ASH Honors Josef T Prchal MD and Sherrill J Slichter MD with 2017 Henry M Stratton Medal
(WASHINGTON, August 24, 2017) – The American Society of Hematology (ASH) will recognize Josef T. Prchal, MD, of the University of Utah, and Sherrill J. Slichter, MD, of Bloodworks Northwest and the University of Washington, with the 2017 Henry M. Stratton Medal for their seminal contributions in the areas of basic and clinical/translational hematology research, respectively.
The Henry M. Stratton Medal is named after the late Henry Maurice Stratton, co-founder of Grune and Stratton, the medical publishing house that first published ASH’s journal Blood. The prize honors two senior investigators whose contributions to both basic and clinical/translational hematology research are well recognized and have taken place over a period of several years. Drs. Prchal and Slichter will accept their awards on Tuesday, December 12, during the 59th ASH Annual Meeting and Exposition in Atlanta.
Dr. Prchal, the recipient of the 2017 Henry M. Stratton Medal for Basic Science, is a Professor of Medicine in Hematology, Pathology, and Genetics at the University of Utah in Salt Lake City. During the last 40 years, he has made original and lasting scientific contributions to the study of a broad range of red cell disorders. In particular, he is highly regarded for his research on disorders of increased red cell mass, including primary erythrocytosis/polycythemia, as well as inherited and acquired forms of both secondary erythrocytosis and polycythemia vera. Dr. Prchal’s research has contributed substantially to the fundamental understanding of the genetic basis of both primary and secondary polycythemias. His laboratory described the VHL mutation in recessive Chuvash familial polycythemia and elaborated on the pathobiology of EPOR mutations in autosomal dominant familial polycythemia. His genetic investigations of acquired polycythemia vera led to the association of chromosome 9p abnormalities with the disease. More recently, he and his collaborators showed that Tibetans are protected from high altitude polycythemia as a result of a high altitude genetic adaptation, due to variants of the EGLN1 gene and EPAS1 haplotype.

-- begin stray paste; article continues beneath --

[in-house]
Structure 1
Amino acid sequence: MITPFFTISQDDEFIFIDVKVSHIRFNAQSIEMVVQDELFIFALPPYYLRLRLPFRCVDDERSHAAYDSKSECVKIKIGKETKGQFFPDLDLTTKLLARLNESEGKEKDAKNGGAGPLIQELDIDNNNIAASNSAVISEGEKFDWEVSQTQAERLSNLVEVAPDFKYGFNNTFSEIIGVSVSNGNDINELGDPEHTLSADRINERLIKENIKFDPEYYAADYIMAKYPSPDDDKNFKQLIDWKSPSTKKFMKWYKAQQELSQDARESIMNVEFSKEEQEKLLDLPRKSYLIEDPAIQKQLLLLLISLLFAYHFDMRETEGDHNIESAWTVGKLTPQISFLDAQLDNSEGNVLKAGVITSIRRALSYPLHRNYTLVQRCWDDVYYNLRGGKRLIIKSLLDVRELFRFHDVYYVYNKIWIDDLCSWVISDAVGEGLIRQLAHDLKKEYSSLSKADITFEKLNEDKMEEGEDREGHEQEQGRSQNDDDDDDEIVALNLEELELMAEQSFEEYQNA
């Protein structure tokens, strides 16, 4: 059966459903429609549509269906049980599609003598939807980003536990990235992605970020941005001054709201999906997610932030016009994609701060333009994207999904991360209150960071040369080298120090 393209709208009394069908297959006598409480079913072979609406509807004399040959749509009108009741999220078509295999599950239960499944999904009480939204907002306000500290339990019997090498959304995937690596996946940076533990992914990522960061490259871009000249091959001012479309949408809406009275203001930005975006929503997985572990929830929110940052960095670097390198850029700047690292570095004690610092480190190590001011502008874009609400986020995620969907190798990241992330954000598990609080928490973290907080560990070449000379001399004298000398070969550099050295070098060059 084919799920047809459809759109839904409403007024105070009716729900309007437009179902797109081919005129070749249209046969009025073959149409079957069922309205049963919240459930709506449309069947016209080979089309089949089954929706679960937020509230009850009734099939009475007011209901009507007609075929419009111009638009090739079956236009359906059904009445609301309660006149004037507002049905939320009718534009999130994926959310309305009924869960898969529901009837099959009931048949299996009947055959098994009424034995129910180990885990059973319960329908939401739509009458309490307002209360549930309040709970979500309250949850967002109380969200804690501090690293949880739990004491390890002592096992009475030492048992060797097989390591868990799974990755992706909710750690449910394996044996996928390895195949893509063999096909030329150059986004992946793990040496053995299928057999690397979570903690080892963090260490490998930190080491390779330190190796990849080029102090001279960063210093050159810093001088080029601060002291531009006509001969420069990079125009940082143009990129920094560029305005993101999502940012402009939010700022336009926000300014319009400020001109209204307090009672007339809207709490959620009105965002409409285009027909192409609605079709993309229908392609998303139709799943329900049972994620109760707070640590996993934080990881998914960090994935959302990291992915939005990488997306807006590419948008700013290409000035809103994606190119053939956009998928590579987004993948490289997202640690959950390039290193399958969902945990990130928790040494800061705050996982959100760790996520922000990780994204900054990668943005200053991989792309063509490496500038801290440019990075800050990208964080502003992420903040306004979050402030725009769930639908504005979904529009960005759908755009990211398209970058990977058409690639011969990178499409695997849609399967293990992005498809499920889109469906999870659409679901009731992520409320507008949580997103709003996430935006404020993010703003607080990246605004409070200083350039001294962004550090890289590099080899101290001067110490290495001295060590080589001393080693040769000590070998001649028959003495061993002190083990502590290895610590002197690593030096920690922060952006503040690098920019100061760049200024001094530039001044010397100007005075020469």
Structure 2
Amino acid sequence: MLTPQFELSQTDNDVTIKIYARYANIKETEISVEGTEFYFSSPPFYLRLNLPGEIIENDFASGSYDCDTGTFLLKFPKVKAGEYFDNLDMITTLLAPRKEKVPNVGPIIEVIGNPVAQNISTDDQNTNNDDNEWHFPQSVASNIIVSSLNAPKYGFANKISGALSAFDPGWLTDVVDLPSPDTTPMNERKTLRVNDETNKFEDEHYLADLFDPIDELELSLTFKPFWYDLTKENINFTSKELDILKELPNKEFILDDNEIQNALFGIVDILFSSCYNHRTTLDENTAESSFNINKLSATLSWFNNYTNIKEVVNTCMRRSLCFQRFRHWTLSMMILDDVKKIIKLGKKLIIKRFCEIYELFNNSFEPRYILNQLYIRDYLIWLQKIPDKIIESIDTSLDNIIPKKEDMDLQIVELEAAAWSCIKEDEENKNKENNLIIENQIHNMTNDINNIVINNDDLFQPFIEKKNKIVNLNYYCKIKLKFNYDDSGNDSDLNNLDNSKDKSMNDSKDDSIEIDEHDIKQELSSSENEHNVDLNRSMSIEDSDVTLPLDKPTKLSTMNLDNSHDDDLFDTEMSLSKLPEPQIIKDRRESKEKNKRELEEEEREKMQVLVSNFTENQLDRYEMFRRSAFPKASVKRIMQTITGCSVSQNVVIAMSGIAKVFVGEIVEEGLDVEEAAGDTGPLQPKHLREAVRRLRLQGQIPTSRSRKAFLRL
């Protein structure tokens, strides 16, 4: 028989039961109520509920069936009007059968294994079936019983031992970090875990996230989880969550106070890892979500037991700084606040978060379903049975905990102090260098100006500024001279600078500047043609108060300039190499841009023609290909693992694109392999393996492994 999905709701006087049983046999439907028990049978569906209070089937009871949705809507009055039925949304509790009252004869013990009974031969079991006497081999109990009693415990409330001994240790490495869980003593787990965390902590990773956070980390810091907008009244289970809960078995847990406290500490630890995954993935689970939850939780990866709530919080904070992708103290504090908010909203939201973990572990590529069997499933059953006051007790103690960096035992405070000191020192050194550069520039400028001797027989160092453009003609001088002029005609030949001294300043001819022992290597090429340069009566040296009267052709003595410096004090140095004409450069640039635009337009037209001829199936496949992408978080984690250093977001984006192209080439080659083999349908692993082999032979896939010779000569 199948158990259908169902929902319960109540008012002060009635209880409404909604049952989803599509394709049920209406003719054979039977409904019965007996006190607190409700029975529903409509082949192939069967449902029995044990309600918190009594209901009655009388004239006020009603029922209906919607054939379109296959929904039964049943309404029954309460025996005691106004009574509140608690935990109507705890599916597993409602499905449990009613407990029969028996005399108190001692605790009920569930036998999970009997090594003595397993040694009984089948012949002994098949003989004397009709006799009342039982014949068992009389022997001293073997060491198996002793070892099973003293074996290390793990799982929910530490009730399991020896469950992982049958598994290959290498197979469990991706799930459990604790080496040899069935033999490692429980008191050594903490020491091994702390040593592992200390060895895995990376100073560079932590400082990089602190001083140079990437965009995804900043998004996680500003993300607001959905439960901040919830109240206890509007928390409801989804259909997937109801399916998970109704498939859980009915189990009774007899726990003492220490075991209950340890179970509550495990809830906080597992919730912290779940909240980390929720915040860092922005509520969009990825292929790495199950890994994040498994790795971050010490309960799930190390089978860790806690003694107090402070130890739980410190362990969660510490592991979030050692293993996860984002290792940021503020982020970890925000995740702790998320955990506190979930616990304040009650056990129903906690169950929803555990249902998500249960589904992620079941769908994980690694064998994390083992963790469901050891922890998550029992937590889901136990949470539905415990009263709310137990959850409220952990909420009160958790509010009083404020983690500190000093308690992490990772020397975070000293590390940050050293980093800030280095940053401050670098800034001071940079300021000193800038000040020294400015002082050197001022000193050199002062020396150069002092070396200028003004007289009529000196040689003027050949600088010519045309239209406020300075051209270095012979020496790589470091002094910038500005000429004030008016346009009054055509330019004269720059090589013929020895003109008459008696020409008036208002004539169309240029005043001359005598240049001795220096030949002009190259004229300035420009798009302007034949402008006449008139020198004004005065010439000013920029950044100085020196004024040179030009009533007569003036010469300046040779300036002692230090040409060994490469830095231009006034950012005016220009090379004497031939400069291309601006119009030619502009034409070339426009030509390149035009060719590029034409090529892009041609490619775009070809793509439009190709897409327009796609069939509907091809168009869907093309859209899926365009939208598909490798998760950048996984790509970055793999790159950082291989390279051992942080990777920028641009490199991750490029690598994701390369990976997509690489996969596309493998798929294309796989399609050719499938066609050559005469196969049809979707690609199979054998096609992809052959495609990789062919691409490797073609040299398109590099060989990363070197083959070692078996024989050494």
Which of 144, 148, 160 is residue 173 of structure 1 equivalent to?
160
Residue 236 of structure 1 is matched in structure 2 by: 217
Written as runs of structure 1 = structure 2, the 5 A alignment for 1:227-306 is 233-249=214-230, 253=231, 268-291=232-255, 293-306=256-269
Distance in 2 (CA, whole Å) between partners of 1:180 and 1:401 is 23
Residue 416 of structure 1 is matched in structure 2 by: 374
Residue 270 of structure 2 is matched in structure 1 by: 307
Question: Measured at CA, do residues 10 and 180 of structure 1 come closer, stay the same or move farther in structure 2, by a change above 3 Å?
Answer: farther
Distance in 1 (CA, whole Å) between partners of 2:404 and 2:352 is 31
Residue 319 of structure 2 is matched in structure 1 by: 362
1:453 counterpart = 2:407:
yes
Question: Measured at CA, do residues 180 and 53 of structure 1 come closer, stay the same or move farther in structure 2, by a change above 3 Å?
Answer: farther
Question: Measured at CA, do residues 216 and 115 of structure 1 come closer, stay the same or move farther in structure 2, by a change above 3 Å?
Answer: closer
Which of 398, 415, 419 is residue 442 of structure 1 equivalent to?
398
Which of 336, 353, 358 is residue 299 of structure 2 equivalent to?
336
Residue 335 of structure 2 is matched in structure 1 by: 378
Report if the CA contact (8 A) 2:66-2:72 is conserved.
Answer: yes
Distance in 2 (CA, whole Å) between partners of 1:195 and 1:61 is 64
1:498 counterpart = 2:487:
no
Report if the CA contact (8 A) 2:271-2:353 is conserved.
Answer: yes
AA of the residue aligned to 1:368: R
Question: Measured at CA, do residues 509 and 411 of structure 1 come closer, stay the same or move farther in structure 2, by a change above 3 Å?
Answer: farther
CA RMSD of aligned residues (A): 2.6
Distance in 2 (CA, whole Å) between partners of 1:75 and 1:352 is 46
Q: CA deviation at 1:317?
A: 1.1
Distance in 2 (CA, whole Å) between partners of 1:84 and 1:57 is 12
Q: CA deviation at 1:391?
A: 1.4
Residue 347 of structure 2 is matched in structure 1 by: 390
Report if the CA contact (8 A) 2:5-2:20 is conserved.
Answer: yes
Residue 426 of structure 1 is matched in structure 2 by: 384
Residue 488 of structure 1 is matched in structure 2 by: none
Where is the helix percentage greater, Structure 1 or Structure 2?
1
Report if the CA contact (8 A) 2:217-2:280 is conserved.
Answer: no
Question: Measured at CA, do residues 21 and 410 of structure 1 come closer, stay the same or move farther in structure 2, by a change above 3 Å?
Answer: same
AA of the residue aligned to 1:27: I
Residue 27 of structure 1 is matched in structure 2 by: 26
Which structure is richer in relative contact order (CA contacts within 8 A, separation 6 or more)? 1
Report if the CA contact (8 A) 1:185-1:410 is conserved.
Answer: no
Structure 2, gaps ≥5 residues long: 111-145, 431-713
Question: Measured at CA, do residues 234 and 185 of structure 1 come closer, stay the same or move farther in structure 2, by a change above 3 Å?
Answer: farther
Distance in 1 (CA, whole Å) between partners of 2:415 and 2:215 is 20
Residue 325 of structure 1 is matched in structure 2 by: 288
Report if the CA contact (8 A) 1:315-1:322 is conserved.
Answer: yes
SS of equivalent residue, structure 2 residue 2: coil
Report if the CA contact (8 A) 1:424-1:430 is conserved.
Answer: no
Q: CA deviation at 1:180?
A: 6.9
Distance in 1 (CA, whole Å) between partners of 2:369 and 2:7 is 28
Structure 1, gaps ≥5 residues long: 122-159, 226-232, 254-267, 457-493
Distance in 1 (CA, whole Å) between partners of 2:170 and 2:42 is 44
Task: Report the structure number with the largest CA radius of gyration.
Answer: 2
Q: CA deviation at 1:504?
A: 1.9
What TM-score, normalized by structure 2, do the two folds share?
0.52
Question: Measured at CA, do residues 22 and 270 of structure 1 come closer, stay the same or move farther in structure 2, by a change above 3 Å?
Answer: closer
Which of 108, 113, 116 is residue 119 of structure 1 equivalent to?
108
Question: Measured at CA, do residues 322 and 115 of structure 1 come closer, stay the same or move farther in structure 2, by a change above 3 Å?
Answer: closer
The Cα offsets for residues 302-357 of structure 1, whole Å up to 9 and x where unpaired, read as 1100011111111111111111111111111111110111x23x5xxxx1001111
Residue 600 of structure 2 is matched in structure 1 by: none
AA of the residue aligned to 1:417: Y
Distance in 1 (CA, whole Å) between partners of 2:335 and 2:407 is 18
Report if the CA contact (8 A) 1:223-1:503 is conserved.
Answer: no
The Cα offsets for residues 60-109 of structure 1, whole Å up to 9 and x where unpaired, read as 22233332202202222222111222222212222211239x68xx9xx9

Dr. Prchal earned his medical degree from Charles University in Prague, Czech Republic, in 1968. He completed his residency in internal medicine at Toronto General Hospital in 1972, his hematology fellowship at Toronto General and Sunnybrook Hospital in 1975, and a research fellowship with Ernest Beutler at the City of Hope Medical Center in Duarte, California. He began his academic career at the University of Toronto in 1974.
Dr. Prchal has been a longstanding member of ASH, serving on the editorial boards for both Blood and The Hematologist, as well as various committees, including as co-chair of the Education Program for the 2003 ASH Annual Meeting. In addition to his dedicated volunteerism with ASH, Dr. Prchal served as the associate editor of Williams Hematology and Williams Manual (seventh, eighth, and ninth editions), consulting editor of The Journal of Clinical Investigation, and has authored several UpToDate chapters. In addition to the Henry M. Stratton medal, his other most distinguished awards include the American Cancer Society Scholar Award, the Anniversary Medal of Charles University for Outstanding Research Accomplishments, and an honorary doctorate at Palacky University in Olomouc (Alma Mater of Gregor Mendel).